Wednesday, June 10, 2009

Of paper hats and legacies...

Caty, 6, asked me today to make her a paper hat, like the one in old storybooks, all pointy at the top and made from newspaper. Luckily for me, my father was having lunch here at that moment, and I sent her to him.

You see, before he became an academic and college president, my Dad worked in the journalism business too, starting as a copy boy at the old San Francisco Examiner (where I would later enjoy a photo internship) in the 1930s. When there, he learned how to make paper hats from the printing machinists, who would fold a double-page piece of broadsheet paper into a square hat to protect their hair from ink. It was always a small miracle to me to watch him make them when I was a child, and I thought it would be a double benefit for Caty to ask him for a hat: He'd be rewarded for his grandfatherly knowledge, and she'd be occupied and happy.

But the years have passed (he's 87 now) and it's been a while since anyone (me) asked for one of those hats. He had a hard time remembering.

Fortunately, I had preserved the last one I asked for. It hangs in a place of honor in my study, made from a yellowed, 14-year-old Commentary page of The Washington Times. I fetched it, brought it in and, from my memory of watching him make them and by carefully unfolding my treasure, figured out how it should be made.

Of course, with the internet, it's easy to find instructions on how to do ... well anything. But the idea of learning from living memory, not to mention family memory, to do something is special, I think.

Of course, there is one problem: how long before one won't be able to find a double-page piece of broadsheet newspaper?

Monday, June 8, 2009

Scenes from life...

Two new images, again because I can:
Here we see the cat in residence in a local bookstore, Books & Co.

This, I think, is a pretty good symbol for the pleasures of living in Lexington. The store has always had a cat about, a nice homey touch, but one that is hardly unique here. The antique dealer on the next block over, for example, brings his golden retrievers to work every day, where they sit outside the front door of his shop eagerly greeting passers by.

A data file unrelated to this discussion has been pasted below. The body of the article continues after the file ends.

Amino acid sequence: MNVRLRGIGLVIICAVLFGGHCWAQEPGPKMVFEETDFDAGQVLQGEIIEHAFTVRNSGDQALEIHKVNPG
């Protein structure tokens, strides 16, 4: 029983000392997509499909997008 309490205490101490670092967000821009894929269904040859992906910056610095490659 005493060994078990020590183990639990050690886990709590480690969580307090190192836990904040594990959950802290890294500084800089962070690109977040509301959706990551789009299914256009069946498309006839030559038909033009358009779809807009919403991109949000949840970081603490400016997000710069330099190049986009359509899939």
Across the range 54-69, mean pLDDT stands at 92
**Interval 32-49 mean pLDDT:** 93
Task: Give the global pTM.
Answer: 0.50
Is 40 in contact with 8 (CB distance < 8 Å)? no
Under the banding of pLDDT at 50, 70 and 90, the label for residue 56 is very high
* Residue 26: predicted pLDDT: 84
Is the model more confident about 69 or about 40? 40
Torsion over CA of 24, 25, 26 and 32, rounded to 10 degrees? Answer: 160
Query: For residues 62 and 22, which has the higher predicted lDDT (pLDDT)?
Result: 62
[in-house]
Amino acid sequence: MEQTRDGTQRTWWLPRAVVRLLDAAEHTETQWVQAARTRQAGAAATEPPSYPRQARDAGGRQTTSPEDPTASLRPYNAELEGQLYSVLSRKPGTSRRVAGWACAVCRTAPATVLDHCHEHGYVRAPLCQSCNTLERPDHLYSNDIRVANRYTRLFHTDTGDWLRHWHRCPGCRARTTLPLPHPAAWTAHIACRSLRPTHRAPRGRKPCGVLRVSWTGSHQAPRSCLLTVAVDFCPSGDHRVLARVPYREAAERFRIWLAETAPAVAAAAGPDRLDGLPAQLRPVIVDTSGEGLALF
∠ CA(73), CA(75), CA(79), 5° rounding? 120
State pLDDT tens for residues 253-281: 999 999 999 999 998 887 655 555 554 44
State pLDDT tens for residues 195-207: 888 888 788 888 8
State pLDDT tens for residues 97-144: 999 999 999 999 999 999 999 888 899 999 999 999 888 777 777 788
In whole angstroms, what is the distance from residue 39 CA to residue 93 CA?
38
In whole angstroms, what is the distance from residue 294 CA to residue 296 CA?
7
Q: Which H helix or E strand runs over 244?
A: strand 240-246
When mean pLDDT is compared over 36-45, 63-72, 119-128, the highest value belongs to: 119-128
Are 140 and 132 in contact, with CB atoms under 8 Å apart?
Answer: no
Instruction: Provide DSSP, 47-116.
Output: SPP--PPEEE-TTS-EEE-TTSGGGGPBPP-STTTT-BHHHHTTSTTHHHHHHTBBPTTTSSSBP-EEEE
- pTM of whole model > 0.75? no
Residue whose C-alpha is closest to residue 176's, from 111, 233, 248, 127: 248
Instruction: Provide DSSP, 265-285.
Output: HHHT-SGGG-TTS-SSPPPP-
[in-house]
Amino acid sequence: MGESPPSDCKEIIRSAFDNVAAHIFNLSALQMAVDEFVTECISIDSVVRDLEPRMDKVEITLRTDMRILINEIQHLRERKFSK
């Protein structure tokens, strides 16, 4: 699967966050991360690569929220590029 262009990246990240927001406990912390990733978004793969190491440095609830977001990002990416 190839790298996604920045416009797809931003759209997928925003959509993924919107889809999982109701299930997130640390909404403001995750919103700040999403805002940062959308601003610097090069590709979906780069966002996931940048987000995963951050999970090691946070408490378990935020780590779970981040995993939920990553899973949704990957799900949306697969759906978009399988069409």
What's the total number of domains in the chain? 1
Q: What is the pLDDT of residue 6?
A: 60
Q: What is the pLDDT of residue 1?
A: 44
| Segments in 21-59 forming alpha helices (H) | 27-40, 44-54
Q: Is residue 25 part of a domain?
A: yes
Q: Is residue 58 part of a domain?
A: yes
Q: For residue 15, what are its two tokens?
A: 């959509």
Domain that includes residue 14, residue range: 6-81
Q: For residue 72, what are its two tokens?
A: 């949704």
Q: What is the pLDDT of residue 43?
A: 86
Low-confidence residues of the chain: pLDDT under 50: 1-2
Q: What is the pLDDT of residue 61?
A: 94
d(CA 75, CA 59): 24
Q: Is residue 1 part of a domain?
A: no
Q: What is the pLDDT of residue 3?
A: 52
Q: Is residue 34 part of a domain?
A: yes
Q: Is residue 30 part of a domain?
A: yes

Also, this is one of two independently-owned bookstores in town ... within a block of each other. I wonder what the statistics are on book shop presence per capita, let alone two that are not chains. (One, by way of explanation, deals more in used books, while Books & Co. sells mostly new. Both, needless to say, carry our book, Rockbridge.)

Shot with my beloved Leica M3 and a 35mm f/2 on Kodak's BW400CN film.

This is the graduation ceremony for St. Patrick's Preschool, operated through our local Catholic church. Our youngest attends, but won't graduate to kindergarten herself for another two years. I enjoy this shot because it looks to me like the DaVinci Last Supper of kid mischief. (Adding to my amusement, in the background to the right is a wood carving of the famous DaVinci picture.)

Shot with a Nikon D80 and 17-55mm f/2.8 lens...

Thursday, June 4, 2009

It makes a body think...

From the new site, a photograph made in 1939 by Hugo Jaeger, who worked as a personal photographer to Adolph Hitler. This is Hitler's Chancellery office in Berlin, and that's his hat casually dropped on the side table there.

The scary thing about this particular image (and really several of the others -- Jaeger saved some 2,000 transparencies after the war, many of which is publishing for the first time) is I could see this being something I would have shot, casually working in a government office with the officials around. Was Jaeger a Nazi? I don't know; the Life description of him makes him seem just a guy with a job. But it does cause one to think...

In one of the other captions, Life tells how taken Hitler was with the new color film (I'm assuming Agfachrome, though I suppose it could also have been Kodachrome). "The future belongs to color photography," Jaeger said Hitler told him. Hmmm....